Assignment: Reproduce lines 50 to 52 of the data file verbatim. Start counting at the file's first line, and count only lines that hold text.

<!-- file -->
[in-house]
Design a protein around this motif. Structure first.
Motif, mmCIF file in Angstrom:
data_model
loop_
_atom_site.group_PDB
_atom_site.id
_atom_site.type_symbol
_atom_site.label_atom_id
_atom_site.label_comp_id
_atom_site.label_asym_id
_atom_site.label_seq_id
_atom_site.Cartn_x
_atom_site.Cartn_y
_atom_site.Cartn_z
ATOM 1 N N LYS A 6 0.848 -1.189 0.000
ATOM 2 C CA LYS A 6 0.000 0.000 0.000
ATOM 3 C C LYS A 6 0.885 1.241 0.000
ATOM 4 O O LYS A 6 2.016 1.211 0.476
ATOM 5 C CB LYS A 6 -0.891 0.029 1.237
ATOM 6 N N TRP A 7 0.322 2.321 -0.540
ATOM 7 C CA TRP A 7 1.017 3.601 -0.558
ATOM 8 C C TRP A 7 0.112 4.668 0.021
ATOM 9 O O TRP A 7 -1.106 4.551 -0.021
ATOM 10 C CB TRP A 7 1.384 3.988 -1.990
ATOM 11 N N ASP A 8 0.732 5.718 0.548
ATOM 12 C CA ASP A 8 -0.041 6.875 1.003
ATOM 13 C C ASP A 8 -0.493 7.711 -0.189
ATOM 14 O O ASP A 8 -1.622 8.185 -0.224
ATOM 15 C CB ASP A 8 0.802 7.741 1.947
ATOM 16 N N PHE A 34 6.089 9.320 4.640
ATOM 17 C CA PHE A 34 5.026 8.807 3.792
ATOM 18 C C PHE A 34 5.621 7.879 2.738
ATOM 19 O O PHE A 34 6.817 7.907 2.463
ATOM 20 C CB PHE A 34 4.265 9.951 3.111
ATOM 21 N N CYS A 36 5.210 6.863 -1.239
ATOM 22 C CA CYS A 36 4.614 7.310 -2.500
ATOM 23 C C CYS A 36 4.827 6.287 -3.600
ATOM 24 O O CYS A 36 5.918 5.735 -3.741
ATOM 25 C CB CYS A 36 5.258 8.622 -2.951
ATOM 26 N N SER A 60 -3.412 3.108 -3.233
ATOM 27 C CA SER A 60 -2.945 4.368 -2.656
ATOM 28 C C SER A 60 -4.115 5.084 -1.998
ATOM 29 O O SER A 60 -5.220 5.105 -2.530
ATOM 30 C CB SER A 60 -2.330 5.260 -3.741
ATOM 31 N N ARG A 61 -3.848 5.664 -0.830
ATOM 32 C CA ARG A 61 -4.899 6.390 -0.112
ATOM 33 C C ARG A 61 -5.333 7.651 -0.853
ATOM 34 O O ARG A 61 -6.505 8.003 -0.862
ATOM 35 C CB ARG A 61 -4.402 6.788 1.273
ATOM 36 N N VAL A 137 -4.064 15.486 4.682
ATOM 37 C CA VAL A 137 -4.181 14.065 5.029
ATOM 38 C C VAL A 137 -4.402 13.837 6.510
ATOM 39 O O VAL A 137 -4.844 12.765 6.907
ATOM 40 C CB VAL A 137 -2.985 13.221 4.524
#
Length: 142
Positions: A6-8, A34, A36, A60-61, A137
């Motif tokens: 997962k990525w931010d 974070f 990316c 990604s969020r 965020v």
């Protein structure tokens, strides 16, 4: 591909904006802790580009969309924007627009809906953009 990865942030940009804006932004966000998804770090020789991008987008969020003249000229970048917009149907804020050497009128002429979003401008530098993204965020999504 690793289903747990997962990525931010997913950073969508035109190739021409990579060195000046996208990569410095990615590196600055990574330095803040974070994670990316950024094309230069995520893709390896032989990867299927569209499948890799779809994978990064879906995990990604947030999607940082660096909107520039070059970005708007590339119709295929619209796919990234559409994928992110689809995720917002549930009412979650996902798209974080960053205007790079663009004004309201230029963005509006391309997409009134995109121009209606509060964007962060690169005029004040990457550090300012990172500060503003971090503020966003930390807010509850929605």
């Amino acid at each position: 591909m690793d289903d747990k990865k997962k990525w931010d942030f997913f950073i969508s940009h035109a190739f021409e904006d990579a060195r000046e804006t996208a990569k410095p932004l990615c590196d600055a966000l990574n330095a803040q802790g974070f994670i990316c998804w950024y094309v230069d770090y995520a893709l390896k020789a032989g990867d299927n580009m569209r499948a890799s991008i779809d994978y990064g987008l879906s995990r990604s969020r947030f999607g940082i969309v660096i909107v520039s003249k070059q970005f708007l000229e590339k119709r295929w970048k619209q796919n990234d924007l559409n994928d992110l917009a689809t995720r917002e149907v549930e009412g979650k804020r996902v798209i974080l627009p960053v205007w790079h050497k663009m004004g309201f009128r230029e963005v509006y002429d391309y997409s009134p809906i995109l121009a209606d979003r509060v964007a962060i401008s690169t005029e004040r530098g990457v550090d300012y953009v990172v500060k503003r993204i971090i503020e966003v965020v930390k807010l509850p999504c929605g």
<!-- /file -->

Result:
ATOM 35 C CB ARG A 61 -4.402 6.788 1.273
ATOM 36 N N VAL A 137 -4.064 15.486 4.682
ATOM 37 C CA VAL A 137 -4.181 14.065 5.029